BEIRUT

Lebanon News

Probe into Beirut building collapse, death toll hits 26

BEIRUT: An investigation was launched Monday into the collapse of a building in Beirut over the weekend as the death toll rose to 26 and hopes for finding more survivors faded.

The recent bodies that were recovered were for Maroun Saad, 21, and his wife Alice Fghali. Also among the dead were three brothers aged between 22 and 27 and their father Tanious Farhat, 70. The body of Janet Abu Sarhal has also been recovered.

The five bodies are on their way to the state-run Rafik Hariri hospital in Beirut.

The director of the public prosecution has ordered the police to probe the collapse of the five-story building in the Fassouh neighborhood of Ashrafieh that came crashing down at around 6 p.m. Sunday.

Prosecutor George Karam inspected Monday the building site, where rescue workers continued their search through the rubble for survivors and bodies.

Prime Minister Najib Mikati also set up a technical committee tasked with looking into the causes that led to the collapse of the building.

"I meant to tell you personally that I formed a committee to investigate the reasons behind the tragic building collapse in Fassouh-Ashrafieh," Mikati said on his Twitter feed.

Lebanese Red Cross official George Kettaneh told The Daily Star that 24 bodies, including the 15-year-old girl pronounced dead Sunday, had been recovered from the debris.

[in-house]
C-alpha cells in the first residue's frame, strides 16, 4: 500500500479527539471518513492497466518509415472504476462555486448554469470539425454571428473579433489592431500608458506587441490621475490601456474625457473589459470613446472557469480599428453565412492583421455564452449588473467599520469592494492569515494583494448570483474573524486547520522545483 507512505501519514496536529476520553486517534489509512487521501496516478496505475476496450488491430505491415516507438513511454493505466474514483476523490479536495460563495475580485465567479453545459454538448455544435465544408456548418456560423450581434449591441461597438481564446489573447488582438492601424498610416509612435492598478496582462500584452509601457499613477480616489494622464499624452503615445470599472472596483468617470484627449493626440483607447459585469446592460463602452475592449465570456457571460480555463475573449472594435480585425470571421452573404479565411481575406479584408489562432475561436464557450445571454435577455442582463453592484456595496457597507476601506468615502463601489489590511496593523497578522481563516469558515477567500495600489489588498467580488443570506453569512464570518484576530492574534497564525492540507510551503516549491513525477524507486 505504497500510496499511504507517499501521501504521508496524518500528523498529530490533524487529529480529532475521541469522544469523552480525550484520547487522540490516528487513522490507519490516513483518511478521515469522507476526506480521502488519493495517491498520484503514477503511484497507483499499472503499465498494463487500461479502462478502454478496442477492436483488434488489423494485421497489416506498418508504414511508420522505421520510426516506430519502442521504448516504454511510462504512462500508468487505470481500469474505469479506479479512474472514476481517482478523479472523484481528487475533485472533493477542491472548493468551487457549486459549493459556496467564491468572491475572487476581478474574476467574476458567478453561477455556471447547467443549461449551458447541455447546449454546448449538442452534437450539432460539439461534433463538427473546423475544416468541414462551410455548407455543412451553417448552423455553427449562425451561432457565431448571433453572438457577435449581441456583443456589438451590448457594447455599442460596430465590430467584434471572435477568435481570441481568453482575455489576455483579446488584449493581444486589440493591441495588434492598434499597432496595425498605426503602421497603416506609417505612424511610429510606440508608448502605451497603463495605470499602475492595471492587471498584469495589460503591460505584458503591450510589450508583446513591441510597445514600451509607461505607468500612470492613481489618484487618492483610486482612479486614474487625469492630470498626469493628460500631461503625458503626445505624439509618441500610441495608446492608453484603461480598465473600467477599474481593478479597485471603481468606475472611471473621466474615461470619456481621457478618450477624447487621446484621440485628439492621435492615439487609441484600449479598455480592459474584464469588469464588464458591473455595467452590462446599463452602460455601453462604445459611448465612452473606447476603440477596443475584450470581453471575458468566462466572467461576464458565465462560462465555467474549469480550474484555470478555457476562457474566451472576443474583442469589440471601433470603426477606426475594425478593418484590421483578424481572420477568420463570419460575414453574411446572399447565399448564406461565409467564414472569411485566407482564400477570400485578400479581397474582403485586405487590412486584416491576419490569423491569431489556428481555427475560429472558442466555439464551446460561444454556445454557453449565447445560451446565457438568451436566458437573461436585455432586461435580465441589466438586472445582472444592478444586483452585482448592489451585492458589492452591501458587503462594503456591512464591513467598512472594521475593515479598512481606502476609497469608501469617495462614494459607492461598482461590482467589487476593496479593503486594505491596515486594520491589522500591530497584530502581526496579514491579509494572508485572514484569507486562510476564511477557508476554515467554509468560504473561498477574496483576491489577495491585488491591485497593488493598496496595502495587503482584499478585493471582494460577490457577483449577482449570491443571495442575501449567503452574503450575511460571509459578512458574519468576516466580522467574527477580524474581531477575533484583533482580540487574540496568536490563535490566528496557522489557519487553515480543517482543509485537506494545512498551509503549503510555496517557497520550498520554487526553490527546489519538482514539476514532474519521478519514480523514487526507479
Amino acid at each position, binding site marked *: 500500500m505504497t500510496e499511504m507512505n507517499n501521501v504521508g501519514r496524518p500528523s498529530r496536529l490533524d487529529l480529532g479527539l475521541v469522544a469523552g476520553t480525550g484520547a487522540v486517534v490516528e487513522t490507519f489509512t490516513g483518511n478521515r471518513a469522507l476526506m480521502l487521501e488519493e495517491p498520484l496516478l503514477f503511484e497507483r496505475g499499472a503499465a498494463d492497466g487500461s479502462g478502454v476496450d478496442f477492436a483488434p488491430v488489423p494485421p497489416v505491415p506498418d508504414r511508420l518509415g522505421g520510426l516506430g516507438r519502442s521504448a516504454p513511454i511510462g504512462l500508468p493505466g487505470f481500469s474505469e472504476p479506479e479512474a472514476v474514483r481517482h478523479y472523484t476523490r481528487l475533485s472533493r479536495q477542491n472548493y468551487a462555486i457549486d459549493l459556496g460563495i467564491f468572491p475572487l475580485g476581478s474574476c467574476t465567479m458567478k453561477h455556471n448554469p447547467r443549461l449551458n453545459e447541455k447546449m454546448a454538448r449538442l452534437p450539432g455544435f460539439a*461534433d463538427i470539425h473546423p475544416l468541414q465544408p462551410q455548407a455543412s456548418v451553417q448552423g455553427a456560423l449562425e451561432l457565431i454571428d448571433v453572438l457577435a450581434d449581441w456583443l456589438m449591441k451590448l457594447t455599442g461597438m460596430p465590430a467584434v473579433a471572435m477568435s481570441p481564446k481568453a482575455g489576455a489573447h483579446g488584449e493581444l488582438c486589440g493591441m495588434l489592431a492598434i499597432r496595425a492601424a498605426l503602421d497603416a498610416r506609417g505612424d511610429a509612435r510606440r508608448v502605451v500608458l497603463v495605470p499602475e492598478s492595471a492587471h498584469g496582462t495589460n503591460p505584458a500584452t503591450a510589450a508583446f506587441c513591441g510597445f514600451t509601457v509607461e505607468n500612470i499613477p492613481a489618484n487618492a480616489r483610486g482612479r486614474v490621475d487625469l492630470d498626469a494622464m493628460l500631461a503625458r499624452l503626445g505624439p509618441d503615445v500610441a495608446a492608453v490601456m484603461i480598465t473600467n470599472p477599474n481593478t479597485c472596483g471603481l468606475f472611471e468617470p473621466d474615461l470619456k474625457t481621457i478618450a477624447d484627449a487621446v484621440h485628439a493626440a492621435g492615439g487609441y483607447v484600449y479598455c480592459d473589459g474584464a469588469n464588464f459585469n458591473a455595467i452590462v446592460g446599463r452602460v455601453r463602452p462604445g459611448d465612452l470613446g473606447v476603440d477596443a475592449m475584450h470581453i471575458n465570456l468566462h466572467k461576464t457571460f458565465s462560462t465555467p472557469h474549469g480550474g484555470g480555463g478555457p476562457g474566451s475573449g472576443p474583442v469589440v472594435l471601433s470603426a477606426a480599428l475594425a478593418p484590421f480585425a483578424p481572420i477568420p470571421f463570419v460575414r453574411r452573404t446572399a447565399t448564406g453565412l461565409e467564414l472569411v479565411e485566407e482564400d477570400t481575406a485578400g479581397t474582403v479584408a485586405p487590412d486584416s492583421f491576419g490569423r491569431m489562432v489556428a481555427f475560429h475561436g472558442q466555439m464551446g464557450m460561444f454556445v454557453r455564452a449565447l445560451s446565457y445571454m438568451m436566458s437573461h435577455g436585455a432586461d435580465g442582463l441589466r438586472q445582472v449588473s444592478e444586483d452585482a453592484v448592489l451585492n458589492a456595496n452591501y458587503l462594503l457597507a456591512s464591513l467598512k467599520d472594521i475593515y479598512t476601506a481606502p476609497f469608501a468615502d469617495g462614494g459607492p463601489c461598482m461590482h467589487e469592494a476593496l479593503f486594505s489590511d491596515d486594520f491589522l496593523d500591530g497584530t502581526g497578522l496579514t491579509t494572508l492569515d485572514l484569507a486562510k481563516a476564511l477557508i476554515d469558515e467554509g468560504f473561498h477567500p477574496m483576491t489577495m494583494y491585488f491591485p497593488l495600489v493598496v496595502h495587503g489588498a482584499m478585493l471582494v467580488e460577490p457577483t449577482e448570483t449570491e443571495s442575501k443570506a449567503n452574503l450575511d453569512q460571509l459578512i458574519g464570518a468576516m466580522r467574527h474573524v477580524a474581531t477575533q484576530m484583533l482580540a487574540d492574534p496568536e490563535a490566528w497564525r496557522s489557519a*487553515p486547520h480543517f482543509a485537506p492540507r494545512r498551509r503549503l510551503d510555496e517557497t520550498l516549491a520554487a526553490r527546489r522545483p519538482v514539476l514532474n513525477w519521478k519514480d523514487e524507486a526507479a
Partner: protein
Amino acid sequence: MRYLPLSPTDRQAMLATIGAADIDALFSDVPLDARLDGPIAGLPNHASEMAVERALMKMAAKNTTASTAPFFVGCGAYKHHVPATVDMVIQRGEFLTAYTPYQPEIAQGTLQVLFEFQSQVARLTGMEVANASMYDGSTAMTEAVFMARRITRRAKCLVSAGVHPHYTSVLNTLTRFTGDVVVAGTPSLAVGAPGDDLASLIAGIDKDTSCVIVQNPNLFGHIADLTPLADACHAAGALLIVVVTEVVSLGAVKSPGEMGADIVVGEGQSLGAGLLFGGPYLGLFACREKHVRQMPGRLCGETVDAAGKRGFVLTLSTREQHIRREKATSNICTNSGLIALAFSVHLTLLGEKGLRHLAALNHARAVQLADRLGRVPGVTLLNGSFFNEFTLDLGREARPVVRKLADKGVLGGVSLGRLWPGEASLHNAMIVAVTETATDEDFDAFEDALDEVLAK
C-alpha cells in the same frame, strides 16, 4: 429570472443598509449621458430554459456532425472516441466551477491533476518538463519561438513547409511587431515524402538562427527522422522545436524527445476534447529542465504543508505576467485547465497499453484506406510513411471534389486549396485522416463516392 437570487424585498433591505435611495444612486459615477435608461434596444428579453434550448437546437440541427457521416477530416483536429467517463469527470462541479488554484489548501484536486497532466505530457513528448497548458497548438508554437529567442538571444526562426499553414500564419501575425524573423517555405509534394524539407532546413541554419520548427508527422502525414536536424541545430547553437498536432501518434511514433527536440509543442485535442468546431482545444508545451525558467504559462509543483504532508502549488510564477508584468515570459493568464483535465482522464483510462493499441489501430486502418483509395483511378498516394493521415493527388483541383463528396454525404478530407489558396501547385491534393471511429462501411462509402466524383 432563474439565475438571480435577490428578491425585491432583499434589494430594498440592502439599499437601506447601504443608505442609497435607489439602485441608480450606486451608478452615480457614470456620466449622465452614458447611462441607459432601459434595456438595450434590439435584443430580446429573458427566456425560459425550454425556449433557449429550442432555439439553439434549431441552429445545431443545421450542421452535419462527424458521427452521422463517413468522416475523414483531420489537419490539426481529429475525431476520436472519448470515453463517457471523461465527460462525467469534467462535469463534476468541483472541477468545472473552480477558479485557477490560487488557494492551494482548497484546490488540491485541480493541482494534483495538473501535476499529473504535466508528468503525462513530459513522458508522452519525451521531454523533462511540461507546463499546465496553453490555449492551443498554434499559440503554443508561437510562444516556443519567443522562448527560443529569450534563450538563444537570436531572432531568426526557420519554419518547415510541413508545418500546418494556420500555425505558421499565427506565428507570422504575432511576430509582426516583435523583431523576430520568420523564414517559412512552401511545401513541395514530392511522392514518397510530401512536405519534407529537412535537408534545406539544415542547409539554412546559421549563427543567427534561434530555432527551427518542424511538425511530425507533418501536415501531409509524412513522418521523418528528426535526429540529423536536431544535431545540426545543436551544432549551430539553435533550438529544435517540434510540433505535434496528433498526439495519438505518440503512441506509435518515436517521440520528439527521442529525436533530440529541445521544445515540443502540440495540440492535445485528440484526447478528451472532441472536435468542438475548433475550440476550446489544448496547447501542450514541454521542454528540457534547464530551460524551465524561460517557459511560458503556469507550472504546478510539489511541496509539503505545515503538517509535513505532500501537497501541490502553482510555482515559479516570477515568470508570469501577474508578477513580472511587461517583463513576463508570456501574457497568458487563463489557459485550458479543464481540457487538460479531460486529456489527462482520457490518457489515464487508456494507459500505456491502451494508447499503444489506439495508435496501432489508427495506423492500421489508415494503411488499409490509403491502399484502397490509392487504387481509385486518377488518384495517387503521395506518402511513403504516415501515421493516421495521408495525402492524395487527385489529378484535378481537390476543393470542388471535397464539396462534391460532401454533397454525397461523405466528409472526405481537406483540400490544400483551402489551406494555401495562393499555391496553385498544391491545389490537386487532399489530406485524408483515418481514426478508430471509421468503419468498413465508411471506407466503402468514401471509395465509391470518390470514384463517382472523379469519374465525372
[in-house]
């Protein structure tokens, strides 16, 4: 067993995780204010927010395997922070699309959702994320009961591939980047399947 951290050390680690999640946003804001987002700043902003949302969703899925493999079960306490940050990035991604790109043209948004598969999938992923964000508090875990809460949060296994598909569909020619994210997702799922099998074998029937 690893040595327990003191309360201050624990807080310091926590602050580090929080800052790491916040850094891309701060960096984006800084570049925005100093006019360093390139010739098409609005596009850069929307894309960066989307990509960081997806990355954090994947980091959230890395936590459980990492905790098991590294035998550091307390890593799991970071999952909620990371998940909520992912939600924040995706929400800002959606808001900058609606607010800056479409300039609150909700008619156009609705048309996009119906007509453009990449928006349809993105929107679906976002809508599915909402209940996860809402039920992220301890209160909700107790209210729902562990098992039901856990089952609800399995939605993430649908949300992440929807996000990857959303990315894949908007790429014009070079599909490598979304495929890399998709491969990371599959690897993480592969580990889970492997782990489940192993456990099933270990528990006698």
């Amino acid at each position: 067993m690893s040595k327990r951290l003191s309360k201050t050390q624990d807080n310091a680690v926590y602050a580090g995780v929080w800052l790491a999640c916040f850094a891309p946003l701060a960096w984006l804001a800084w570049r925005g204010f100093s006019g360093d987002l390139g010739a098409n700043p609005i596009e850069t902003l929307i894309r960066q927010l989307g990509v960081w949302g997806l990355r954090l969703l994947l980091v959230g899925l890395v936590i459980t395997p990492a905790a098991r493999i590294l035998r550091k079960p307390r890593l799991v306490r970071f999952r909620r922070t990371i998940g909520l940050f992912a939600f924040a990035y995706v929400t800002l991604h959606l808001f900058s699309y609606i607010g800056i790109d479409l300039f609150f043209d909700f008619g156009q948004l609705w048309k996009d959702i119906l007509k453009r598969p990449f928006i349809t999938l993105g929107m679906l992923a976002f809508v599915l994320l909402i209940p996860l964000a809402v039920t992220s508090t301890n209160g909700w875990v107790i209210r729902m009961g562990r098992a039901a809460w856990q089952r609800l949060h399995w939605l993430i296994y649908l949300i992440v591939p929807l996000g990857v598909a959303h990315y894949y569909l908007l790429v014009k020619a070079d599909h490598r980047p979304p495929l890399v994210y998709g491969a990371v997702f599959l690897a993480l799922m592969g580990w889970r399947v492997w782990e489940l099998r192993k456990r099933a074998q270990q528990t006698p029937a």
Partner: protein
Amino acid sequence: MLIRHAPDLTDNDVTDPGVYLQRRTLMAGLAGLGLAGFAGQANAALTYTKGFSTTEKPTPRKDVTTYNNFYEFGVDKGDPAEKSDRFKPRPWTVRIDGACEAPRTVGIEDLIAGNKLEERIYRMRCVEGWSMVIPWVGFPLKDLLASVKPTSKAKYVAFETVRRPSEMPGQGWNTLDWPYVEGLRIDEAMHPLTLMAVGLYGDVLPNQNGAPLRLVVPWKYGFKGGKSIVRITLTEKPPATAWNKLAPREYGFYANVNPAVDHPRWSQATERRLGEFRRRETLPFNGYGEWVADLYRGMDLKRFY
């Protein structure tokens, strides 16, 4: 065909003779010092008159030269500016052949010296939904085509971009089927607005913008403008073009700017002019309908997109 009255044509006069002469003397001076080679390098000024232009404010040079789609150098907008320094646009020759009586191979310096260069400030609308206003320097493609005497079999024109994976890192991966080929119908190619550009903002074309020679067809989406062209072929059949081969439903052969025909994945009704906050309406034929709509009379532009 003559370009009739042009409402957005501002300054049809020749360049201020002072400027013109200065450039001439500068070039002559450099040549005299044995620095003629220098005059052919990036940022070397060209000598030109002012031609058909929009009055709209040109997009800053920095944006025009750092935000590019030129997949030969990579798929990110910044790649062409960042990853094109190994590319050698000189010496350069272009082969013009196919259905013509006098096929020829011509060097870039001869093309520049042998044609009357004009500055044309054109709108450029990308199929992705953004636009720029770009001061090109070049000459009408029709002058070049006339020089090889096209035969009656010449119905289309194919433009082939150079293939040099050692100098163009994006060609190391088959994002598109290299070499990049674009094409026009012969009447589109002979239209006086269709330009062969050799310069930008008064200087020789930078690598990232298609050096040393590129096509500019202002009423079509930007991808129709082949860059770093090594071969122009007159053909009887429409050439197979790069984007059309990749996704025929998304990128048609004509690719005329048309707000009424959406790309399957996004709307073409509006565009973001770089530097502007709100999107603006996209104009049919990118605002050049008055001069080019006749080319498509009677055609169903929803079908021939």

He said 12 people had also been pulled out alive from the rubble so far, but voiced doubt that chances of finding further survivors were slim.

Lebanon’s Cabinet decided Monday to compensate each of the Lebanese families affected by the collapse by awarding them an amount of LL30 million ($20,000).

However, the compensation for foreign families has not been decided yet.

The owner of the building, Michel Saadeh, has been arrested and is being questioned, Interior Minister Marwan Charbel told local media earlier in the day.

Charbel said some 50 tenants had lived in the building, which was built in the 1940s.

On the matter of survivors, Charbel echoed Kettaneh’s fears that further survivors were unlikely to be found.

“[It is unlikely that] survivors will be found,” particularly given the extent of the destruction, Charbel said.

Among the victims were eight Sudanese, four Lebanese, two Jordanians from the Al-Bakli family, two Egyptian and two nationals from the Philippines, Kettaneh said.

The Lebanese were identified as Ann-Marie Abdel-Karim, 15, Eva Hakim, Jihad Tanious Farhat, 27, and Joseph Jaara. Two of the Sudanese were identified as Ibrahim Mohammad Hussein and Adam Ahmad. One of the Egyptian victims was identified as Hani Ibrahim Noureddine and a Jordanian was identified as Laith Al-Bakli.

 

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